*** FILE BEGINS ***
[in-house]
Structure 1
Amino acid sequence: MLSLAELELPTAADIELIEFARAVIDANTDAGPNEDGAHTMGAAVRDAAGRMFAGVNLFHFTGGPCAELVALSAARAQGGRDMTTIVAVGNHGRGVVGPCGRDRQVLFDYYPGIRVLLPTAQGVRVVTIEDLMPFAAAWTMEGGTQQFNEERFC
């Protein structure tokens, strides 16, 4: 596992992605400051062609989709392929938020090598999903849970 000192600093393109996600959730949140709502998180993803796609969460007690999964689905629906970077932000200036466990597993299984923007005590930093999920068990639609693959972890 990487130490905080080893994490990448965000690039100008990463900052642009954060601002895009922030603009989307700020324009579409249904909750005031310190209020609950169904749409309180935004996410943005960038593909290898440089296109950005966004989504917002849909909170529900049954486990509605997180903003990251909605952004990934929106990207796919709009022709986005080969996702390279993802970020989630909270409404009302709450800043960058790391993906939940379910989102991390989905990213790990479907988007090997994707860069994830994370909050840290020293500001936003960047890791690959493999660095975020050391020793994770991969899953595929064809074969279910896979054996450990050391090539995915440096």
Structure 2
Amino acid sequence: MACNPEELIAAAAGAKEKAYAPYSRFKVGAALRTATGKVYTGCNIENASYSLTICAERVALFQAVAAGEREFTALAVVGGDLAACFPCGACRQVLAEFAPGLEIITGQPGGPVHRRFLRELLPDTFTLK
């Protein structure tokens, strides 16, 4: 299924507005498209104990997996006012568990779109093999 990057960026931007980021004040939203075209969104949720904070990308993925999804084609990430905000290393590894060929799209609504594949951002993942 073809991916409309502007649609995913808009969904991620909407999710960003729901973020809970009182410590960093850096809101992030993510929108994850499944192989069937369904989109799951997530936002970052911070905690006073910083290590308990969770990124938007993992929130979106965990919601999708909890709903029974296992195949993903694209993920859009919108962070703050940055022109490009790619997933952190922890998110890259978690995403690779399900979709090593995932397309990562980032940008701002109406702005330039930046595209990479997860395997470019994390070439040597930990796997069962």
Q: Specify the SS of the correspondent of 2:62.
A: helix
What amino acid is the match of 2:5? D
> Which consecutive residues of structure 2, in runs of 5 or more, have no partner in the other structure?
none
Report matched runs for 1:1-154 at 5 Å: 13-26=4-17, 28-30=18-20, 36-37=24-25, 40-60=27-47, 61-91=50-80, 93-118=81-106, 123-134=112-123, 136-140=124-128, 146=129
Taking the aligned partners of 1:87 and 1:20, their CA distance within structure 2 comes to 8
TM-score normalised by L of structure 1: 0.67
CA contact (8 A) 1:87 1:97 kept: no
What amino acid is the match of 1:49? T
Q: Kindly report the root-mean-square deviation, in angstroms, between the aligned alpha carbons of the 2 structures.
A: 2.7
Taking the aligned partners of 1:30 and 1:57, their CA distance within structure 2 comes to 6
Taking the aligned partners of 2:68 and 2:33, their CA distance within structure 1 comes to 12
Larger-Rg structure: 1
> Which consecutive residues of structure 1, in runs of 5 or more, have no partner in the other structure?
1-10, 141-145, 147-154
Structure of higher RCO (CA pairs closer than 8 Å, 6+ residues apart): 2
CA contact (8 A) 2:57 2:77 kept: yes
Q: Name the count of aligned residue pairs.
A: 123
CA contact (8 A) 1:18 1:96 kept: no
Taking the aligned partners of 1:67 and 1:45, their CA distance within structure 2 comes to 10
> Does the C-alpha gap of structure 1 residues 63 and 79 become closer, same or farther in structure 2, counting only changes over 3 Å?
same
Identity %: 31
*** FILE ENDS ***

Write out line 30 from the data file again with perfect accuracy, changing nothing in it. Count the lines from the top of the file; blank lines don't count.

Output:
Taking the aligned partners of 1:67 and 1:45, their CA distance within structure 2 comes to 10